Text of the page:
Wednesday, 5 March 2014

Words often confused and misused: 2

One of my friends wanted me to talk about the usage of the words ‘repair’ and ‘prepone’.

·       In English, we use the word ‘repair’ to mean that something is in good condition/that which was not working well has been brought back to its original good condition. We talk about a car that is in good repair.In Tamil also, we use the word correctly, in sentences such as–– கார் ரிப்பேர் செய்தாகி விட்டது.But most often, the word is used in its opposite sense. We say, கார் ரிப்பேர் ஆகி விட்டது’,  to mean, the car has broken down. This usage should be avoided.

·       The word ‘prepone’ is widely used to mean ‘a date or function has been ‘advanced’.

E.g., The meeting that was scheduled for 10th April has been preponed to 8th April.

We can easily understand how this expression came into being. Actually, it is a word coined by the Indians. The word ‘postpone’ means ‘to put off something.’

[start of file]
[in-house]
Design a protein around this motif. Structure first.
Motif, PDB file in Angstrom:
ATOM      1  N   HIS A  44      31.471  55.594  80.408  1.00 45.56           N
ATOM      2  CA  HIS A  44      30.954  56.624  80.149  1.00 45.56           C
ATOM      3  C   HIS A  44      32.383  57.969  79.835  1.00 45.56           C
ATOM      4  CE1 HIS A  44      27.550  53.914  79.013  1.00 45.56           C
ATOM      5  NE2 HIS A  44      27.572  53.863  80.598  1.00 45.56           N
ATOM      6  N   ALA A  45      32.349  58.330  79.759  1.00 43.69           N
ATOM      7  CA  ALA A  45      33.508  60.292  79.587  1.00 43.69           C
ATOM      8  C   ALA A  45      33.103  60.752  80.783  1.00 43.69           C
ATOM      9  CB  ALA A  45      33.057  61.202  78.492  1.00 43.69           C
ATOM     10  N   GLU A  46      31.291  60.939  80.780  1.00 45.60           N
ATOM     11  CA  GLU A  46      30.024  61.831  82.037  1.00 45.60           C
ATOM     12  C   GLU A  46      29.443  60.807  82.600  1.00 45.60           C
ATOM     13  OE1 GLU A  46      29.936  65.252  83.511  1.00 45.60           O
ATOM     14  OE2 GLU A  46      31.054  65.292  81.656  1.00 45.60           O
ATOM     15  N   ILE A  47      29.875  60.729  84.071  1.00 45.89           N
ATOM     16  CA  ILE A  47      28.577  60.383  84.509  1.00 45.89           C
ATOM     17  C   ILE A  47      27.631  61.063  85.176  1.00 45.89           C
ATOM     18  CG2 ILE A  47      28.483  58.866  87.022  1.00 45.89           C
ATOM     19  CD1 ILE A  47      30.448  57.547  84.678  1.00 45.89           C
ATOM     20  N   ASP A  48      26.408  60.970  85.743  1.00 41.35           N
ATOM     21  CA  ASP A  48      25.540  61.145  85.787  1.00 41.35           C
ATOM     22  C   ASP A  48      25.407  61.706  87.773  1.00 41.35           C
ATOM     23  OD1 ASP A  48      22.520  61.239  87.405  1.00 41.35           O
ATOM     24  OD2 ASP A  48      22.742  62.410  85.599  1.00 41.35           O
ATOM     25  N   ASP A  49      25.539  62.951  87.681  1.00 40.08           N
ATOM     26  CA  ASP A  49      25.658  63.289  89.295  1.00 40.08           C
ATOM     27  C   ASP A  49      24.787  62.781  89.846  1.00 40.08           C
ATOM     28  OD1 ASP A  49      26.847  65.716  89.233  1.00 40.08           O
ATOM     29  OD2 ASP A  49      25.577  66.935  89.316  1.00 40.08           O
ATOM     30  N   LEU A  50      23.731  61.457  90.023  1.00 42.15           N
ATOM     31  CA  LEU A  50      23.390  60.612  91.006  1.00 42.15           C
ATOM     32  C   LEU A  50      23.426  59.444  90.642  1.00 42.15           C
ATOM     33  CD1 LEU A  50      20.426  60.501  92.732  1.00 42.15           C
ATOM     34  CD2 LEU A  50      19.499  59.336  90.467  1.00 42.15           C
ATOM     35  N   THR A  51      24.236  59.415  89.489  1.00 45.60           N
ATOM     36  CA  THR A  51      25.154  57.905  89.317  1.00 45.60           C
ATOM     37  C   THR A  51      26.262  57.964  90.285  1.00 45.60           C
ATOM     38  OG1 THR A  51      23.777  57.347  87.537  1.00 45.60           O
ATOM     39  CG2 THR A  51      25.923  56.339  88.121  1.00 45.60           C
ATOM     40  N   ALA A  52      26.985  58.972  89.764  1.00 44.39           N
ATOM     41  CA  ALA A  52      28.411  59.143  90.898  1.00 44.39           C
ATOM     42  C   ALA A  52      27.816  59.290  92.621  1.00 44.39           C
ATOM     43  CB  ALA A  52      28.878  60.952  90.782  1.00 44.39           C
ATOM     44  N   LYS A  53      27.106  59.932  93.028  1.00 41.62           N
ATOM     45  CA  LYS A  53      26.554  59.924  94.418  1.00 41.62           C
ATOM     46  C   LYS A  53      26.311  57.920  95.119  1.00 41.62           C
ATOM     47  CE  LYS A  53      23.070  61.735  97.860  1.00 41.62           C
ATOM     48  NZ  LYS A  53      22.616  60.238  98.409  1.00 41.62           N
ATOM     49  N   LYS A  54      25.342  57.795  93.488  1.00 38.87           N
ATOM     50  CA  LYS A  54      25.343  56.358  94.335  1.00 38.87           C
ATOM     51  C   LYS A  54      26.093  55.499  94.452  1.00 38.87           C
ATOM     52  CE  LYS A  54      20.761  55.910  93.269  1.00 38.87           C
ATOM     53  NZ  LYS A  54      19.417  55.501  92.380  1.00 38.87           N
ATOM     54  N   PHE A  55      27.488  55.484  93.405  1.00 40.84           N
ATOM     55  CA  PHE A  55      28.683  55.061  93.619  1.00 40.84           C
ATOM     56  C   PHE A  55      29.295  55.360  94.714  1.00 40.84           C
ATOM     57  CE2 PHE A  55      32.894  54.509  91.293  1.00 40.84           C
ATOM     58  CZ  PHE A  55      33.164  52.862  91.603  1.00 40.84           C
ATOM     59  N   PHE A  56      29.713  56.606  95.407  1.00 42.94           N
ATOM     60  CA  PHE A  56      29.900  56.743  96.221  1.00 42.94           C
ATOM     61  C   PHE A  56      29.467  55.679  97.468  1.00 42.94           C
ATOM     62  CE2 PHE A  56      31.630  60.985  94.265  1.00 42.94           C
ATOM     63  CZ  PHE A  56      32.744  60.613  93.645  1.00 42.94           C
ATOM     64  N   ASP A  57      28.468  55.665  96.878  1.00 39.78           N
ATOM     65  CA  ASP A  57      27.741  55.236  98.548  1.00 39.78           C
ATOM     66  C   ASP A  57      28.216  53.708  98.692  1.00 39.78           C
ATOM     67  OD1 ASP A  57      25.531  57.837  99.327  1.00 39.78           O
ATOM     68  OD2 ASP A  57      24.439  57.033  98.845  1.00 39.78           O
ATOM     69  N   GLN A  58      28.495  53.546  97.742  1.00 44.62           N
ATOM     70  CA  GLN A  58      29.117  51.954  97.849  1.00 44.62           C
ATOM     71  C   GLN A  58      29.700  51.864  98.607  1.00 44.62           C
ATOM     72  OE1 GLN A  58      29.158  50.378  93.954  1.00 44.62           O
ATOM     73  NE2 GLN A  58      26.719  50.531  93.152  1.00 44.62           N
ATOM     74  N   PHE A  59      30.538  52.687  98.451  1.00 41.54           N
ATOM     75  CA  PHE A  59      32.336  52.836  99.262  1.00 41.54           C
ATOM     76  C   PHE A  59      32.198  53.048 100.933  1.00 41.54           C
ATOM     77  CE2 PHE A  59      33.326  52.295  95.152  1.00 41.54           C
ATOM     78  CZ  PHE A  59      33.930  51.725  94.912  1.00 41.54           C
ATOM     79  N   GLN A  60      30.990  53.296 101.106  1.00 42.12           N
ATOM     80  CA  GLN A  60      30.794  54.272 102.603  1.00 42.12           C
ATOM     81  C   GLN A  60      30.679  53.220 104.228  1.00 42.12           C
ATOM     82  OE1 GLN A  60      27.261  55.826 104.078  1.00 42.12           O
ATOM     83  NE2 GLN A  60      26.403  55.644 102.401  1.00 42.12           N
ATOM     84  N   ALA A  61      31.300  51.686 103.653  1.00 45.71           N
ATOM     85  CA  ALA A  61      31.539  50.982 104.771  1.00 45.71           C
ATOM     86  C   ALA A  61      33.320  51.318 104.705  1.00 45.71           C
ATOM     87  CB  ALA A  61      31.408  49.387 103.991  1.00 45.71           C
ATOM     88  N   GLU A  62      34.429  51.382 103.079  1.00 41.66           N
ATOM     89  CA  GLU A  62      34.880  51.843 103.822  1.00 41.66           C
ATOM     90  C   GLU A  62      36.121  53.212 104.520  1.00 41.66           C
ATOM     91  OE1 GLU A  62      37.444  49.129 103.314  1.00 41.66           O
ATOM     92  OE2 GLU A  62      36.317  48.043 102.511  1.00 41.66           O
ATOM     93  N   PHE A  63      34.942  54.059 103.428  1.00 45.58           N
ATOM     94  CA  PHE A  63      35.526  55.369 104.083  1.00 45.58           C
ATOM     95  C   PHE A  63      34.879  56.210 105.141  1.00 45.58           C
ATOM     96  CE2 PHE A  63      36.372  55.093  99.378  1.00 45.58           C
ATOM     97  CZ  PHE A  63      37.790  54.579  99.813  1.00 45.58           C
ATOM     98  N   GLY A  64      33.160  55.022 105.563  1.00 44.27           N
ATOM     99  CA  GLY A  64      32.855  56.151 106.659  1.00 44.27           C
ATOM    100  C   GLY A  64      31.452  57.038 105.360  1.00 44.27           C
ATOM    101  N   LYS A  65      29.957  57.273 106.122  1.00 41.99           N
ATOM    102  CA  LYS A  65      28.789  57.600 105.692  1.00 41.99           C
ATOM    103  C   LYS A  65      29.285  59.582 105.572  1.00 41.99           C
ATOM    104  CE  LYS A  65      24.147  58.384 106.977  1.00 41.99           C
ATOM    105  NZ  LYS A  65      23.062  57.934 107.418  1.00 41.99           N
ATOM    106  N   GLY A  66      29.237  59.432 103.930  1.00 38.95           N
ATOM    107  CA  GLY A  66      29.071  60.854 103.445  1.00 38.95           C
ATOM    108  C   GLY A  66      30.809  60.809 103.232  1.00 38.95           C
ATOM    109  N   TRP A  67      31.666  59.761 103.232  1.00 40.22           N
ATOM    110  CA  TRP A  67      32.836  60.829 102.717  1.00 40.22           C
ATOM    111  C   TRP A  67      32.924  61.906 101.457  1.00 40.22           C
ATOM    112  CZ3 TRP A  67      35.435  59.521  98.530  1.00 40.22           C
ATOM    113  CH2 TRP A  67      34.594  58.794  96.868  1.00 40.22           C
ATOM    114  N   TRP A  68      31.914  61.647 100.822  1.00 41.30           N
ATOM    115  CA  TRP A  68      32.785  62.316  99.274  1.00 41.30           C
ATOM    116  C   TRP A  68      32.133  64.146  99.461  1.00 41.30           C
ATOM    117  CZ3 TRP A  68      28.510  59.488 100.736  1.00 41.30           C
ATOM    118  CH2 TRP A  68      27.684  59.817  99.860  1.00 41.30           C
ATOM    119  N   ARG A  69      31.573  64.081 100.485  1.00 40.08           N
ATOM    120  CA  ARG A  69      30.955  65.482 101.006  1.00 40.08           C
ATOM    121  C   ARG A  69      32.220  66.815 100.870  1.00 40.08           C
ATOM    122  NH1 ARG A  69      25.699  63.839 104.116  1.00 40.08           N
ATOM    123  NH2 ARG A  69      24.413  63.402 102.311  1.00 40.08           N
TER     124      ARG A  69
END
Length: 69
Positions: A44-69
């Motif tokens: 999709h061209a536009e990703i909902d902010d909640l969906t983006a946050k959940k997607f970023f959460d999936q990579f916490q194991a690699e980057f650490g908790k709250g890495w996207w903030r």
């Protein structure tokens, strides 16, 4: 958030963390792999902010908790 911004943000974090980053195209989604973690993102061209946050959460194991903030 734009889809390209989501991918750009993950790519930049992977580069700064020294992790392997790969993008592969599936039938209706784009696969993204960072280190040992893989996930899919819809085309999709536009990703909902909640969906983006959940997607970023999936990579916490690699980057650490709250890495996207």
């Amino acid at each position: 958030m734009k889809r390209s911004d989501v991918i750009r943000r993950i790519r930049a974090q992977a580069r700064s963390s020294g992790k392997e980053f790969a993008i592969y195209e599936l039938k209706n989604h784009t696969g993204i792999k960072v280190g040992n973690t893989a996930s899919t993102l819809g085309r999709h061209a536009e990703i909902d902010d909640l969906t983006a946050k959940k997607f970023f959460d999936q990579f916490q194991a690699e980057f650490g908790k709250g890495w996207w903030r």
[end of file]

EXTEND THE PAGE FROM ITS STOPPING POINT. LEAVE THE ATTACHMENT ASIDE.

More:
E.g., The meeting that was scheduled for 7th April has been postponed to 10th April.

The prefix ‘post’ means ‘after’ and it is used in that sense in phrases such as– post-dated checques, post-war period, post-independence era, etc.

The opposite of ‘post’ is ‘Pre’. We have expressions such as –‘pre-independence era’, ‘pre-school children’, ‘pre-teen behaviour’ etc.

A prefix should be added to a word that can make sense independently. In the examples given above, if we remove the prefix ‘post’/ ‘pre’, the rest of the word will make sense. But if we remove ‘post’ from the word ‘postpone’, what remains  (pone) will not make sense. So we cannot treat ‘ post’ as a ‘prefix’. For the same reason, we cannot add ‘pre’ as a prefix and coin the word ‘prepone’. It is better to use the word ‘advance’ in the place of ‘prepone’.

E.g. , The examinations have been advanced due to the General Elections.

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